From the low-lying eastern plains, to the central peaks soaring more than 14,000 feet above sea level, to the western red-rock canyons: the colorful landscape of Colorado embodies some of the most varied, spectacular, and well-displayed geology in the nation. The evolution of the rocks, climate, life, and structures that formed during the Colorado’s 2.7 billion year geologic history offers marvelous insights into the global science of geology. This diverse region provides not only rich mineral and energy resources, but also presents geological hazards that deserve great respect.
Explore and enjoy this section about Colorado’s magnificent geology.
Following are a few quotes from earlier geologists. If you would like to have a wonderful primer on Colorado’s colorful geology, order a printed copy of Messages in Stone: Colorado’s Colorful Geology a perennial favorite of locals and visitors alike.
On all the broad extent of these United States, certainly no region can be found which presents more facts of interest, more opportunities for investigation, and greater possibilities, than the State of Colorado.
— Samuel F. Emmons, geologist on the King Survey of the 40th Parallel from California to Colorado from 1867 to 1872; Director of the Rocky Mountain Division of the United States Geological Survey; and the first president of the Colorado Scientific Society, from his inaugural address.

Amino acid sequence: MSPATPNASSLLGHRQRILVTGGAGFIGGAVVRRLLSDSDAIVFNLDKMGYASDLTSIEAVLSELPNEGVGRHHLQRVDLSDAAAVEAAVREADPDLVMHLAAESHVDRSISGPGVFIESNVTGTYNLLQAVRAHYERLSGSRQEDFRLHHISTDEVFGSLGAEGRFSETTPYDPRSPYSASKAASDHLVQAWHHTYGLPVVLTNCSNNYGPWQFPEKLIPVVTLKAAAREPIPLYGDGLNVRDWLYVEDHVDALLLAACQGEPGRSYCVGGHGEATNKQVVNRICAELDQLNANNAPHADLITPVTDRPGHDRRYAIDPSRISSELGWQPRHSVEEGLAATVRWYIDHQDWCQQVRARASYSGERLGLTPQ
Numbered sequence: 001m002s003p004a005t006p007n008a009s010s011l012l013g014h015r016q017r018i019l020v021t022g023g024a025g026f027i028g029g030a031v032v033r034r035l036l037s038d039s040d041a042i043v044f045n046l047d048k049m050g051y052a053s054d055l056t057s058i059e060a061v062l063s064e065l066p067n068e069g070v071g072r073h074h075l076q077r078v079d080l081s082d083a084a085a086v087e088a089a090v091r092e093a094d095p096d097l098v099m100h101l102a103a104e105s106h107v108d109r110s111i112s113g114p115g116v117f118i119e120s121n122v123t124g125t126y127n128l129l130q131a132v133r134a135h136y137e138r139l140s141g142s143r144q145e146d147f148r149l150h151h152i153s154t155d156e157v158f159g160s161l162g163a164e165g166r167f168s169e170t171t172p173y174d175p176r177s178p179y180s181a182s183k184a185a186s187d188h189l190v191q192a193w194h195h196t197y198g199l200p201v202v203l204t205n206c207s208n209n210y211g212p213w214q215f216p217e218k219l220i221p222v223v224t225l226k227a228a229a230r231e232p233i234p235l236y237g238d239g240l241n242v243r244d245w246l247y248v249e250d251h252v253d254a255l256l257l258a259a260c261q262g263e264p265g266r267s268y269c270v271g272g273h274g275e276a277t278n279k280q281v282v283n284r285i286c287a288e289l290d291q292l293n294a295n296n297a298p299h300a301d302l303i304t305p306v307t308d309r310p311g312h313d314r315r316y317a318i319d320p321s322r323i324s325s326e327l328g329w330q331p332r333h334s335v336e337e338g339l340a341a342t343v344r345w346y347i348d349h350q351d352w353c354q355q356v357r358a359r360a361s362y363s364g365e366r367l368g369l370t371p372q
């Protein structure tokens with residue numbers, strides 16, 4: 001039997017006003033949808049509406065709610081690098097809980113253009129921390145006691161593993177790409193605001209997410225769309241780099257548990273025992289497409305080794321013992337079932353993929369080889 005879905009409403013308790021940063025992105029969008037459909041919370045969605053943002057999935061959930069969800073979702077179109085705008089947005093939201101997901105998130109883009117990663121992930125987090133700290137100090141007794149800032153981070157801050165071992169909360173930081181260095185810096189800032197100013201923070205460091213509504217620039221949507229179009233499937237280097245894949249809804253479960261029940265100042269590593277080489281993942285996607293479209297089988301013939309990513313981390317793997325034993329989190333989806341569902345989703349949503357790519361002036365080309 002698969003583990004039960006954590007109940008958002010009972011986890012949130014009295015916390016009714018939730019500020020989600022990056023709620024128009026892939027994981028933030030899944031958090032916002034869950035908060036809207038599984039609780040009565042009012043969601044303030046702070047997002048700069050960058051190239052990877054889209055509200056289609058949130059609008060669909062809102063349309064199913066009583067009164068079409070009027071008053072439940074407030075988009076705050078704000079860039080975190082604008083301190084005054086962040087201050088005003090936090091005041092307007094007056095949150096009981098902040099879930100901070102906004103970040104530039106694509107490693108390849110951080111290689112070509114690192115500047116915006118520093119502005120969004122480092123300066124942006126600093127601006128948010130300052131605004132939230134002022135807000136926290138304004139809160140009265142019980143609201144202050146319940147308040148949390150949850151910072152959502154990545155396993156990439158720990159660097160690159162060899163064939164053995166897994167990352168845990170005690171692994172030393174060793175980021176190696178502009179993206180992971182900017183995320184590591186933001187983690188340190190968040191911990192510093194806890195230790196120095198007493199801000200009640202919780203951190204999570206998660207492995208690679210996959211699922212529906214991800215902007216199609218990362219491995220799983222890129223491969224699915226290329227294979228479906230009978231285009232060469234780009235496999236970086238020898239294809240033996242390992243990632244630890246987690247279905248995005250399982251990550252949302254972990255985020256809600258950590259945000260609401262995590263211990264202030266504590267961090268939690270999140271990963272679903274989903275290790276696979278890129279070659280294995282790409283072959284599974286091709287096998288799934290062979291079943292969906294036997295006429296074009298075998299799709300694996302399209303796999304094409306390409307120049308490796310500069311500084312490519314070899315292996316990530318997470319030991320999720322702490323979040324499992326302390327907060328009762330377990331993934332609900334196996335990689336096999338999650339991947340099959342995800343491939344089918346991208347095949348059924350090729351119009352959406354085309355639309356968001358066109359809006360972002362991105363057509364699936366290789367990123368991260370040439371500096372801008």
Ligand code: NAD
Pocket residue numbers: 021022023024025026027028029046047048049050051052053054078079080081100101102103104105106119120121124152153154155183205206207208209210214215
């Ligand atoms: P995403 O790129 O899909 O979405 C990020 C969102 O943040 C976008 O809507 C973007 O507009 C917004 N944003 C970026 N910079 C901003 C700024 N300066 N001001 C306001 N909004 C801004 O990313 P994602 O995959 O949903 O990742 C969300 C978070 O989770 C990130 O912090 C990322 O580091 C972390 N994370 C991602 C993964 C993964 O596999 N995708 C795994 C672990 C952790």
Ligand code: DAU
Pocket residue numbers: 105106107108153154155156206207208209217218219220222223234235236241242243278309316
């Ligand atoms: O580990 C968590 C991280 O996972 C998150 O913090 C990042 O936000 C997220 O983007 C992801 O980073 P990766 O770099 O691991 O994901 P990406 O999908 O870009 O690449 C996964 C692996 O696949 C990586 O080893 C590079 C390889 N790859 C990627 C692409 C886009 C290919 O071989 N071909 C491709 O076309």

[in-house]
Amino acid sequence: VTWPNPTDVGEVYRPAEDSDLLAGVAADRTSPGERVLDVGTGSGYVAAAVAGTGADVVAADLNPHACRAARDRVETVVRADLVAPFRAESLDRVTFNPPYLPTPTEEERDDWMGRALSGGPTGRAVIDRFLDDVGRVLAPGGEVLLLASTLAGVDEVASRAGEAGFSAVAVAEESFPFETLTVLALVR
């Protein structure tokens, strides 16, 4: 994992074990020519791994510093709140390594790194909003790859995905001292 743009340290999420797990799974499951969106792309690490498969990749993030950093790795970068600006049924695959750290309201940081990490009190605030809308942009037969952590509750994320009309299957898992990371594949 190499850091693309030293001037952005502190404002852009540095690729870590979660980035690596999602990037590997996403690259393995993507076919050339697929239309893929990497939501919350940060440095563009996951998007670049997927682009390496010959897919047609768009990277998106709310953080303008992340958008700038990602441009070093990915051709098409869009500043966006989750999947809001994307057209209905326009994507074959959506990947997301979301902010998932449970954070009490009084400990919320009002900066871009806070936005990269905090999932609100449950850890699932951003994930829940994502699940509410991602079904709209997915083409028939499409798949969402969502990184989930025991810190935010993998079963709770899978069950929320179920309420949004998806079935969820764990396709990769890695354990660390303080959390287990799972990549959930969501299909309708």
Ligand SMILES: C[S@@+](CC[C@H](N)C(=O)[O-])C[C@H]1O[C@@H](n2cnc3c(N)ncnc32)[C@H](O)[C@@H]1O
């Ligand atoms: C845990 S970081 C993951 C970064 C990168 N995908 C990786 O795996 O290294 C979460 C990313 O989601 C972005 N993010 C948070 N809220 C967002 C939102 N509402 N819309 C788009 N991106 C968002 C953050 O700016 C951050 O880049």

I do not know of any portion of the West where there is so much variety displayed in the geology as within a space of ten miles square around Colorado City (today’s Colorado Springs). Nearly all the elements of geological study revealed in the Rocky Mountains are shown on a unique scale in this locality.
— F. V. Hayden, geological expedition leader to the Colorado region between 1869 to 1876, from the first expedition report.
The geology of Colorado is written in the rocks. From this great book are here presented a few translations of a few paragraphs. The scenery of Colorado is a gallery incomparable. Words lack form and light – the essence and soul of scenery. At best they can but call attention to the elements associated in the picture. They cannot convey the beauty and harmony of the assemblage.
— The first director (1908-26) of the Colorado Geological Survey, Russell D. George, in the preface to his 1927 book, Geology and Natural Resources of Colorado.
Pictured right, from top to bottom:
Red Rocks Park on the west side of Denver. Red strata of the Pennsylvanian/Permian Fountain formation rest on Precambrian metamorphic rocks.
Precambrian igneous and metamorphic rocks in Unaweep Canyon.
Mesozoic age sedimentary rocks along the Dolores River.
Echo Park and Steamboat Rock in Dinosaur National Monument near the confluence of the Yampa and Green Rivers.